Low (nee Stahl) Helen Johanna, age 99, Born 2/21/24 in St Paul, MN and longtime resident of Stillwater MN, went peacefully to heaven on 10/9/23 shortly after a massive stroke. She stayed as long as she could and wanted to make it to 100! Helen made lasting friendships with residents and caregivers at Brookside Assisted Living with her quick wit and silly sense of humor these last two years. Her greatest love was her family, especially the little ones.
Survived by two children, Rick (Melecia) Low and Jami (Steve) Flanagan; grandchildren Jennifer, Molly (Mike), Michael (Mallory), Nicholas, Jorge, Steven, Christopher, Erin, Sean (Cami) and great grandchildren, Kalista, Preston, Aolani, Hercules, Kade, Jordan and Kimber Grace. Preceded in death by her husband John “Jack” (2004), son Randy (2015), son John (1969), parents Fred and Ida Stahl, brother Earl and sisters Dorothy, Betty and Jackie.
Much took place during Helen’s 99 years. Born during the Great Depression, as a child she grew up in St Paul and spent time with family in the St Croix Valley. Her grandfather, a logger and warden at the Stillwater prison, was her favorite person with whom she shared her birthday with each year. The family spent much time on the Kinnickinnic river and on family farms in Western WI. As a teenager she went to school at Harding High, was proud of mastering the Palmer handwriting method and became a marksman winning rifle competitions. In her 20’s she started a career with the railroad, saw the devastation of WWII when her classmates were killed or wounded, losing their eye site or limbs, married, had two children and lost her first husband, John Waech. In her 30’s Helen worked for 3M, remarried and had her third child. In her 40’s had her 4th child and enjoyed being a stay-at-home mom. Vacations were spent at the lake or camping where she mastered the art of cooking outdoors over a campfire.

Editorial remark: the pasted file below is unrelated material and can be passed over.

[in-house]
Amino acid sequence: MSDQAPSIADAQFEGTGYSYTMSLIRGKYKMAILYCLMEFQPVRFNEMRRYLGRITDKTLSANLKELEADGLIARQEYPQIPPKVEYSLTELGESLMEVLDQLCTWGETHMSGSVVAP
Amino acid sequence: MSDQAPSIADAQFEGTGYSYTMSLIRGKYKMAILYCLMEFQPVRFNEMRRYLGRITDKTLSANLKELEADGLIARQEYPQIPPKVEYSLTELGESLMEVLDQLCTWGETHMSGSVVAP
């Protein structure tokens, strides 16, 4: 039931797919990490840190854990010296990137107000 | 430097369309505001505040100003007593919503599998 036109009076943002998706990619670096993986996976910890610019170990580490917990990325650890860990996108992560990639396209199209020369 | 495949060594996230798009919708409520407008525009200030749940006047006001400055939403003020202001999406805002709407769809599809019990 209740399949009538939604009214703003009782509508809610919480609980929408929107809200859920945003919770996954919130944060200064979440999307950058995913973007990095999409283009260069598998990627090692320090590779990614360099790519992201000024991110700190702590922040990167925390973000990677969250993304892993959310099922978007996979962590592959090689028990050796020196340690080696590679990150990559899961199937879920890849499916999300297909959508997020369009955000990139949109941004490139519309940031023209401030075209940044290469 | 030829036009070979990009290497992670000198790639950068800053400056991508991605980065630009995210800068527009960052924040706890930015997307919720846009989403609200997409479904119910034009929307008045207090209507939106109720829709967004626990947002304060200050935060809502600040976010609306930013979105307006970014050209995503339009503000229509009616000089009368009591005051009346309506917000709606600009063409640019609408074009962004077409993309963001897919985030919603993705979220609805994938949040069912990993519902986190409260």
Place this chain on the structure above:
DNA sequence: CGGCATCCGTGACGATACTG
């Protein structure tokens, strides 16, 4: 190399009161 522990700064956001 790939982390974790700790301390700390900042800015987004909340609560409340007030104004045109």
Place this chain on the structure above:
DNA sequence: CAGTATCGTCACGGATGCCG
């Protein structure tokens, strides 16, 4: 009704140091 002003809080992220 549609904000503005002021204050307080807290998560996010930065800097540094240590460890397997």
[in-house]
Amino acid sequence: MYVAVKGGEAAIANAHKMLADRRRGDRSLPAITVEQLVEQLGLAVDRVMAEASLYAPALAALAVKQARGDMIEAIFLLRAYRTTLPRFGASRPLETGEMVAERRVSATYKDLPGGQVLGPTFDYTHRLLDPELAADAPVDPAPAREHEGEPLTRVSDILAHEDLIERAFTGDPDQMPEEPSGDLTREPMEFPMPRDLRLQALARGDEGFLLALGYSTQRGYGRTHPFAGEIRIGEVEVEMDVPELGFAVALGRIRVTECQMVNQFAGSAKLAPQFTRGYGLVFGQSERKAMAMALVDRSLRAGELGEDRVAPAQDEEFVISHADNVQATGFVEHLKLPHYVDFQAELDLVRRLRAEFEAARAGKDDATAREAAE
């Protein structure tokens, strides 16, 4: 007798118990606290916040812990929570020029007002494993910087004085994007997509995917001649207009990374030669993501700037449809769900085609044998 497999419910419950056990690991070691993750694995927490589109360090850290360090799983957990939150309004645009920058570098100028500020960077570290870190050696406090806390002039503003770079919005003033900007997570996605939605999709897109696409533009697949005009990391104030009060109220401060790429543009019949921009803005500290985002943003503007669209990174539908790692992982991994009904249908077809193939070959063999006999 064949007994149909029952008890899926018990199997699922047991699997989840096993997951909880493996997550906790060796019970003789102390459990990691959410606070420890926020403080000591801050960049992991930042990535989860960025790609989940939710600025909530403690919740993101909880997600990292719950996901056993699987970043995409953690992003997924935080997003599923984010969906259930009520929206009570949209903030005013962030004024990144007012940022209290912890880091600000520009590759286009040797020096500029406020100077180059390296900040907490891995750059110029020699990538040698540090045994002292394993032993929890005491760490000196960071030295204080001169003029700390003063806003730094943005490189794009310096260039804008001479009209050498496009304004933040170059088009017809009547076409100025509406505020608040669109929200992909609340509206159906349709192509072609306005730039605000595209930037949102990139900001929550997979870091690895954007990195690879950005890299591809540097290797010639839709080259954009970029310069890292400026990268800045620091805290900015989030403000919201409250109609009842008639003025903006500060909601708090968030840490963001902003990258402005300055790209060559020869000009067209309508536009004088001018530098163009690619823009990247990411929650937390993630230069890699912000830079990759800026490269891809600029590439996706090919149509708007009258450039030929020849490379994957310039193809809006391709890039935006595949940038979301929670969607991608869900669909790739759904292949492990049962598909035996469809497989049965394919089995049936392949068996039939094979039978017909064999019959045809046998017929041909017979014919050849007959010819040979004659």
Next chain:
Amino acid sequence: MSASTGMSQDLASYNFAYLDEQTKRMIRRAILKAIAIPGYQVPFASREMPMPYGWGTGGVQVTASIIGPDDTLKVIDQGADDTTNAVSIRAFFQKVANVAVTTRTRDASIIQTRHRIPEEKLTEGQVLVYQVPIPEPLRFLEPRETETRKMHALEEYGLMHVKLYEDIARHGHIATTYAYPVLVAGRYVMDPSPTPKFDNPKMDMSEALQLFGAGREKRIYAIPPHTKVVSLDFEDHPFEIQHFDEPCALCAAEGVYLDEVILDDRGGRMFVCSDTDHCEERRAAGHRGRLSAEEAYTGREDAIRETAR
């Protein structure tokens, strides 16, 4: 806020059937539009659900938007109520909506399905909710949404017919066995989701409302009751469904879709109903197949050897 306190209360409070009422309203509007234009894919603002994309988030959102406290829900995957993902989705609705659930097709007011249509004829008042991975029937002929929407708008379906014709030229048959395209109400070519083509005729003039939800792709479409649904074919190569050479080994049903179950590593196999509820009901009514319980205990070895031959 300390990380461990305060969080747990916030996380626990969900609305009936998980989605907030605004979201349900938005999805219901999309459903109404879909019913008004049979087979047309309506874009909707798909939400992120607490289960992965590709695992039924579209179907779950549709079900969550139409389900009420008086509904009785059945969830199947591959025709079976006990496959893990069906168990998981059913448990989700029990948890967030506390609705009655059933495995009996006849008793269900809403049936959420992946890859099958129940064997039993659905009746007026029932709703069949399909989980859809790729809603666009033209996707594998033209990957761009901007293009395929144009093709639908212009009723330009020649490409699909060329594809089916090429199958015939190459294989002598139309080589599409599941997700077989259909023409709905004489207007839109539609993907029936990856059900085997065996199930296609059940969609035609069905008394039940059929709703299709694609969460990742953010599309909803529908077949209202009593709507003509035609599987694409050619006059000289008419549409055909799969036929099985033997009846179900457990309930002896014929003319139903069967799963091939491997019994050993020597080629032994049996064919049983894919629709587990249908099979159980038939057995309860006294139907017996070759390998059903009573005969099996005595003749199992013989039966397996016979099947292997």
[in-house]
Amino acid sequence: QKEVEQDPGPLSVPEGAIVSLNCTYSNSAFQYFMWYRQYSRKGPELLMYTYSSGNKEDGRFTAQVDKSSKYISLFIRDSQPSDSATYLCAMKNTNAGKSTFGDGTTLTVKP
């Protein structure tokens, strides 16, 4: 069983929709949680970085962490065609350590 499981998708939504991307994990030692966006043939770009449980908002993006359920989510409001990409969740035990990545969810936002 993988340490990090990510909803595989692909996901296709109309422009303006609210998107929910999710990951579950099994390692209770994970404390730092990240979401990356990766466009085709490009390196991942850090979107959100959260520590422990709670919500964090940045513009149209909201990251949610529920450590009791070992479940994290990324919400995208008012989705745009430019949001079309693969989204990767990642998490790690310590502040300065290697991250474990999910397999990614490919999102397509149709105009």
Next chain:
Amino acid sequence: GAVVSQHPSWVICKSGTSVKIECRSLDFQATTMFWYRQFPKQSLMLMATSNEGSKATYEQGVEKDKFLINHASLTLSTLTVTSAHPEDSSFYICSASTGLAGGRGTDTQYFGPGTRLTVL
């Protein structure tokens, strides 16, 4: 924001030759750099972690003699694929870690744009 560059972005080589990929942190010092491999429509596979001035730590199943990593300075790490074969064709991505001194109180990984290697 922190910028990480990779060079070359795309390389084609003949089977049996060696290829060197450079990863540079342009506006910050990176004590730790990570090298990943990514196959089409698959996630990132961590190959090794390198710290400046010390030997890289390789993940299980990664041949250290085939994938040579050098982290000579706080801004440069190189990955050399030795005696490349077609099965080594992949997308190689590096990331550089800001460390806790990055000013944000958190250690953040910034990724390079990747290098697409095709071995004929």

Helen was fearless, capable, strong willed and did everything with elegance, grace and fashion, a lady through and through. She had many jobs over the years, willing to try most anything, but numbers were her favorite. She was very proud of her career as a keypunch operator at Northern Pacific Railroad, later known as Burlington Northern. A keypunch operator was responsible for recording the destination and contents of each railroad freight car and she knew the numbers by heart. Helen had a knack for numbers. She said she had a computer for a brain. Any time we mentioned a town on the railway, she would instinctively shout out the train miles from St Paul. After being a stay-at-home mom for several years, Helen became a part-time switchboard operator and worked admissions at Lakeview Hospital helping the doctors, the nurses and caring for her neighbors. To stay busy, she did a variety of jobs with the Idea Group where she made many friends. In retirement, she went to work for the Lowell Inn and again made lasting friendships and especially enjoyed the foreign exchange students she took under her wing.
Helen had a natural talent for painting. Her husband cut out wood figures and made trinket boxes and step stools for her to decorate with her Rosemaling, a very precise and detailed form of painting that she mastered. She painted cupboards, shelves, tables, wooden spoons, bowls and the occasional toilet seat. Some she gave away as gifts and some she sold. When not making strawberry jam, a hot dish or baking her famous sandwich buns and honey wheat bread or liver sausage, Helen played the organ and piano, enjoyed knitting and had flower and vegetable gardens.
A celebration of her life will be held November 30 at 4-7pm at Bradshaw Celebration of Life Center, Stillwater MN.